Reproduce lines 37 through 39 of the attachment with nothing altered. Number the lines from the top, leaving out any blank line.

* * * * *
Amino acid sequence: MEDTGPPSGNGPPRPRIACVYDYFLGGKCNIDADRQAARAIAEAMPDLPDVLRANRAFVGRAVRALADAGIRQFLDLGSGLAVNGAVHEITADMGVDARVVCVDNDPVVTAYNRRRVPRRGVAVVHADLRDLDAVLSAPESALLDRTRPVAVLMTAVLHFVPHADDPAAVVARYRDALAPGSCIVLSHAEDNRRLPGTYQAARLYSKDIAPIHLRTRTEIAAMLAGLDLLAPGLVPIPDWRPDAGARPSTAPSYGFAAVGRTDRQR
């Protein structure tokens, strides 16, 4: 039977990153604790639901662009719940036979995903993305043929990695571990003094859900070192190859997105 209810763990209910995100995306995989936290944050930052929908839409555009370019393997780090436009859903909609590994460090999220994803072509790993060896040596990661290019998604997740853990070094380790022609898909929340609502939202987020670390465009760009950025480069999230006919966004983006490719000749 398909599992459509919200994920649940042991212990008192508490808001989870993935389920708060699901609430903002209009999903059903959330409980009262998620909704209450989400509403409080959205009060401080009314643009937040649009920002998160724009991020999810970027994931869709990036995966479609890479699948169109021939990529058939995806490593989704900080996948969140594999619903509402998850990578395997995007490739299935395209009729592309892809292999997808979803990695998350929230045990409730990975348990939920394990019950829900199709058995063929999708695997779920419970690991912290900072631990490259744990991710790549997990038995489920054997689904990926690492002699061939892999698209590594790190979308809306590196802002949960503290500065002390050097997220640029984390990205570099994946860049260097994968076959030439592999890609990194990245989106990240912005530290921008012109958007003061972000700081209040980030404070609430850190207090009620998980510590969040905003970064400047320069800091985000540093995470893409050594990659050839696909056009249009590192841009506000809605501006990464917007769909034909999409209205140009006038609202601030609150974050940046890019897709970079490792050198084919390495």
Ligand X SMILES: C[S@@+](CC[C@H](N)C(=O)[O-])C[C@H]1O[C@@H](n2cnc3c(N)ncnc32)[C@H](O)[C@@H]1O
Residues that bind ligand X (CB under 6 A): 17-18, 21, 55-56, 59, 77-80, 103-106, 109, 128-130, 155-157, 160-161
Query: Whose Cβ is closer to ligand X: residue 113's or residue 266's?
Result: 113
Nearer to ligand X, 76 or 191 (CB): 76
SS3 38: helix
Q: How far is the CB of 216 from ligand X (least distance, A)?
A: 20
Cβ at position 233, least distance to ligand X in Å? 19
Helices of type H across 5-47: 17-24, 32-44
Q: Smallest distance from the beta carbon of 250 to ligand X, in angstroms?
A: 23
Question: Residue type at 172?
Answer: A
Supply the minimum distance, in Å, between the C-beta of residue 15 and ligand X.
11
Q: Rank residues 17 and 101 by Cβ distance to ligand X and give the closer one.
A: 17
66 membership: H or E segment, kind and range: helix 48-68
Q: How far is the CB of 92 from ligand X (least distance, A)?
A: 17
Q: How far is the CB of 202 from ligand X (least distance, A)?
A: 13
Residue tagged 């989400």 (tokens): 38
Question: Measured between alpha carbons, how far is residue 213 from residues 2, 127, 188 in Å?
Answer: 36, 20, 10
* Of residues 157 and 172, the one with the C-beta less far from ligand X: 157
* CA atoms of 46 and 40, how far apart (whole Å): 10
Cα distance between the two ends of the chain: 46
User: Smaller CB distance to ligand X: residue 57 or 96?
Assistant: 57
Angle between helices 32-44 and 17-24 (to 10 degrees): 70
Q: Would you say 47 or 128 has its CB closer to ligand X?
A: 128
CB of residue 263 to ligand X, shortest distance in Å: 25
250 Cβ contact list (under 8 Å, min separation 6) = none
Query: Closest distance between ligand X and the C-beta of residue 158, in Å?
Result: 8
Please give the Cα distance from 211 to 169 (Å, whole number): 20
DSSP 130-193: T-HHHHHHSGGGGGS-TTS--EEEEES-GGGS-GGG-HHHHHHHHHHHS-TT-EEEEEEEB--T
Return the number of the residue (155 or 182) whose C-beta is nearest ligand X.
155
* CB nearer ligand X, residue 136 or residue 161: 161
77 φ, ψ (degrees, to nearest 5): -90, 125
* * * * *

CB of residue 263 to ligand X, shortest distance in Å: 25
250 Cβ contact list (under 8 Å, min separation 6) = none
Query: Closest distance between ligand X and the C-beta of residue 158, in Å?